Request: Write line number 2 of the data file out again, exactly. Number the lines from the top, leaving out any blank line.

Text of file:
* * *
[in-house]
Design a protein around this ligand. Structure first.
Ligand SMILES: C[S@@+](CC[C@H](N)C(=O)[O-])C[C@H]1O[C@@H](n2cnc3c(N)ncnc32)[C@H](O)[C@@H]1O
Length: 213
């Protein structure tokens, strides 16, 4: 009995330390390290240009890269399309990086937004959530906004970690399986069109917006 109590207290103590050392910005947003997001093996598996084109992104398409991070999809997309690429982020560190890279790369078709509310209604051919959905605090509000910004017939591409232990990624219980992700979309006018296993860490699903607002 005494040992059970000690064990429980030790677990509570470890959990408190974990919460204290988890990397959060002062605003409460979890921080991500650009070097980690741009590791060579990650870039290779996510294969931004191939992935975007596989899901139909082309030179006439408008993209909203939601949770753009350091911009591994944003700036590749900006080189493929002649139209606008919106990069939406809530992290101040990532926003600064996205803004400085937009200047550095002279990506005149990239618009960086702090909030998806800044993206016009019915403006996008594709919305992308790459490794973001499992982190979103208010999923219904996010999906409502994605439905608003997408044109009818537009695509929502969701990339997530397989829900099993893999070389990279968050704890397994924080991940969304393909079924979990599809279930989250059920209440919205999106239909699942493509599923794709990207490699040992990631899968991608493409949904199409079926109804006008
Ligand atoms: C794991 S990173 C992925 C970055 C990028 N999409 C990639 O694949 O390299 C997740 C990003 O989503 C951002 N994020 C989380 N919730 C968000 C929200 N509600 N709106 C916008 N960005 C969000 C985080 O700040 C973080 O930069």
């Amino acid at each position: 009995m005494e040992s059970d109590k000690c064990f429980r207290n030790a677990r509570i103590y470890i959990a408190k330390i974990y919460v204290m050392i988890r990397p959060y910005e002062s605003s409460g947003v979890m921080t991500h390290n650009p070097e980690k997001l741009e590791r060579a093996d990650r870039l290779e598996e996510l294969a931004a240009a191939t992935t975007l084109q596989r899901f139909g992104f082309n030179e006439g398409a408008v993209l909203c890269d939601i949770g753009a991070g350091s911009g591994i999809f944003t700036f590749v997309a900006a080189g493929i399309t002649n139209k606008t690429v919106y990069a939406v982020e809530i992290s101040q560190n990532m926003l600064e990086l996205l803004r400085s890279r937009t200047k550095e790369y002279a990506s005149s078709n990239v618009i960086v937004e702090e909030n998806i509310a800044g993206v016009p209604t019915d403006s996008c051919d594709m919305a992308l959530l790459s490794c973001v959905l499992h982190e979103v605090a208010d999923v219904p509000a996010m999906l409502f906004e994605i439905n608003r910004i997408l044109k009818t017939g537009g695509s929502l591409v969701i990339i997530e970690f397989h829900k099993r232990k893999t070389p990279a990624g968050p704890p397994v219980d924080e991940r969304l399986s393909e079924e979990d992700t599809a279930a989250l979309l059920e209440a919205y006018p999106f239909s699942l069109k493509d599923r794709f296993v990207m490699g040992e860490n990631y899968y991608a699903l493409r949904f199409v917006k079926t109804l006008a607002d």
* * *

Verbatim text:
Design a protein around this ligand. Structure first.